Ideas + Inspiration
Art Therapy Thursdays, Part 1: The Creative Block.
Have you ever tried to draw something and suddenly found yourself without inspiration?
If so, welcome to the club, and welcome to Sketchbook Skool’s Art Therapy Thursdays.
In the first of this new video series, Sketchbook Skool co-founder Koosje Koene admits that she has a problem: She’s in a creative rut.
Being a creative person, she’s tackling this problem in a creative way–by interviewing other artists, as well as writers and musicians, about how they’ve gotten over their artistic blocks.
In this video, you’ll meet someone close to Koosje’s heart–her husband Pascal, a musician; click here to listen to songs by his group Dirtroadmusicband!
(Fun SBS trivia: Some of the footage of Pascal’s band was filmed by Brian Leahy of Sparkling Eye Productions, a regular videographer for Sketchbook Skool’s European shoots.)
How did you deal with it?
Leave your answers in the comments below; Koosje, and the rest of us, could use them!
Koosje Koene is the co-founder of Sketchbook Skool, creator of Draw Tip Tuesday and her food illustration course Draw It Like It’s Hot, and a featured teacher in many other Sketchbook Skool kourses. This article was originally published at the “Article” source noted above and distributed by The Tutu Project for informational purposes only.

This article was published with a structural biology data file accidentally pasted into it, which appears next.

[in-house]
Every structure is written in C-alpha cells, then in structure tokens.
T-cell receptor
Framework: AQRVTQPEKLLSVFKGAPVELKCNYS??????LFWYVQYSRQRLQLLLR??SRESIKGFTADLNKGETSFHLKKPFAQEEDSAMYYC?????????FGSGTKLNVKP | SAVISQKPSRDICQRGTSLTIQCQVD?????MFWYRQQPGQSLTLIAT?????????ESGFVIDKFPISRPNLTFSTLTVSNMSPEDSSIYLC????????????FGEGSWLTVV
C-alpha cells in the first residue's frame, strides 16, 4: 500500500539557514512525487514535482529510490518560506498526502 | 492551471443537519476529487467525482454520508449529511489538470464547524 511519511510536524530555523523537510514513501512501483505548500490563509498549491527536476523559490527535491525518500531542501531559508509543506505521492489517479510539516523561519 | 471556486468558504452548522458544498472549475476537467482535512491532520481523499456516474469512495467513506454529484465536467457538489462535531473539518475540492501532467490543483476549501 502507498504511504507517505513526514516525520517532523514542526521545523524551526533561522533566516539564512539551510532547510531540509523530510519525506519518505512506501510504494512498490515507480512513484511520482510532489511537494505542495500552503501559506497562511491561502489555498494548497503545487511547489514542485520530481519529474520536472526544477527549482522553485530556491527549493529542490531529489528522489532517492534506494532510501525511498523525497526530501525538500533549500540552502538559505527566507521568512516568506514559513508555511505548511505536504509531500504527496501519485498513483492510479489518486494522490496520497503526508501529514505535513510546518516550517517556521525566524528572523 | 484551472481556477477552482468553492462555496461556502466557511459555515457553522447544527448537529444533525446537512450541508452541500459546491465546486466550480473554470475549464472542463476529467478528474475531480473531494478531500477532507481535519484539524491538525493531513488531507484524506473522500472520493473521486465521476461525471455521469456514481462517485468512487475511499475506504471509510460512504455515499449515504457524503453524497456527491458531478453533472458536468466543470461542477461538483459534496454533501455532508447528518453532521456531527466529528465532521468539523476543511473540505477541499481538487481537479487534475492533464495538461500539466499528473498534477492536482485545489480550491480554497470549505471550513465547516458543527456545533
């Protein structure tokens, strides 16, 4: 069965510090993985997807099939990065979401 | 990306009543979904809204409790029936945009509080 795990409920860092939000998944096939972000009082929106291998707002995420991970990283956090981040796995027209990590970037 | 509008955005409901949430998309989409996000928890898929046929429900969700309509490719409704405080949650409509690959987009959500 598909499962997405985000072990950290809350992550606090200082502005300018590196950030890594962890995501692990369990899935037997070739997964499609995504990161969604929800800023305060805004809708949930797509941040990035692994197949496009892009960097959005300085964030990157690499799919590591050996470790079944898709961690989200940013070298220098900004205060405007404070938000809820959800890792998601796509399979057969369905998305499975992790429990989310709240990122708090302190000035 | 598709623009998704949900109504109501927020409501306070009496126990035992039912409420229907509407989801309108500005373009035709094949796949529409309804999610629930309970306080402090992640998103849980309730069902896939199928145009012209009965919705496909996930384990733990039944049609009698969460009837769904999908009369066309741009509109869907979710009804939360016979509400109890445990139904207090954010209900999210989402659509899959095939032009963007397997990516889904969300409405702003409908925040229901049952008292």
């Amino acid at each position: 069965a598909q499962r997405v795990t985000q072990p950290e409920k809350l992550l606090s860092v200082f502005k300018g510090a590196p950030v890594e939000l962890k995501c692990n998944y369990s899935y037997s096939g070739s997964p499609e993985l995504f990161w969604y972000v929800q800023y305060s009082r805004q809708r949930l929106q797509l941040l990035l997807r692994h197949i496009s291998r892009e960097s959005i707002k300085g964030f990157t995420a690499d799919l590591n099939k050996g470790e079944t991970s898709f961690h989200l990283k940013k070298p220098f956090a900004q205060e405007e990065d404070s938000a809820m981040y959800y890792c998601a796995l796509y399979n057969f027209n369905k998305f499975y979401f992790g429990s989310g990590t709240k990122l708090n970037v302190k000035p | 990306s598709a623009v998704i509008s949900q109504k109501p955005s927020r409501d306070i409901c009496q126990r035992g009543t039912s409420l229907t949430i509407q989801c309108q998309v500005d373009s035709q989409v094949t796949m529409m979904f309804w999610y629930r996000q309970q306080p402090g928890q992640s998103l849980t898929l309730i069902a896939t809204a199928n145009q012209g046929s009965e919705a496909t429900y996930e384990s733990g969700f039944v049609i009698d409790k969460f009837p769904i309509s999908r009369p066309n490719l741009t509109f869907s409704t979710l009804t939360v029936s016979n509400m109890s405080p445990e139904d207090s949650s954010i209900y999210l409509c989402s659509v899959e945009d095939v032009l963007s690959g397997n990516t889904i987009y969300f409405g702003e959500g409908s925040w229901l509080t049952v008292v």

Residents from care home in Little Somerford produce exhibition with work made in art therapy.
Norma Doveton at her portrait exhibition at Malmesbury Town Hall THE product of art therapy at a care home in Little Somerford has been turned into a truly unique exhibition.
Residents at Hill House Residential Home have been taking part in art classes, courtesy of the home’s owner and art therapist, Norma Doveton.
Some of their work, along with some portraits Norma has painted of residents, is now on display at Malmesbury Town Hall.
“I think when you give up your home and go to live in one room in home, activities are very important to you,” she said.
“It’s something you can sit round the table and do while enjoying the company of other people.
“We’ve done art therapy with some people who have had strokes so can only had their left hand or who haven’t drawn since school.
“Art is important for everyone.
One of the residents at the home, Marjorie Fraiser said the art classes have made her feel “alive”.
“If you connect with art it makes you feel alive.” Another resident, John Adams said: “Doing art makes me feel I have done something. This article was originally published at the “Article” source noted above and distributed by The Tutu Project for informational purposes only.
Benefits of Art Therapy.
Anyone can be creative in some form or another.
By using art, you see things about yourself that you otherwise may not have seen.
It can aid you to process the unseen and therefore heal yourself.
It is not a quick fix!
Art can help to reduce pain, anxiety, and tension in your life.
Art can help people with their social skills, shy people can express themselves.
Angry people can explore themselves.
Art encourages self-discovery and emotional growth.
Art Therapy can make you feel whole. This article was originally published at the “Article” source noted above and distributed by The Tutu Project for informational purposes only.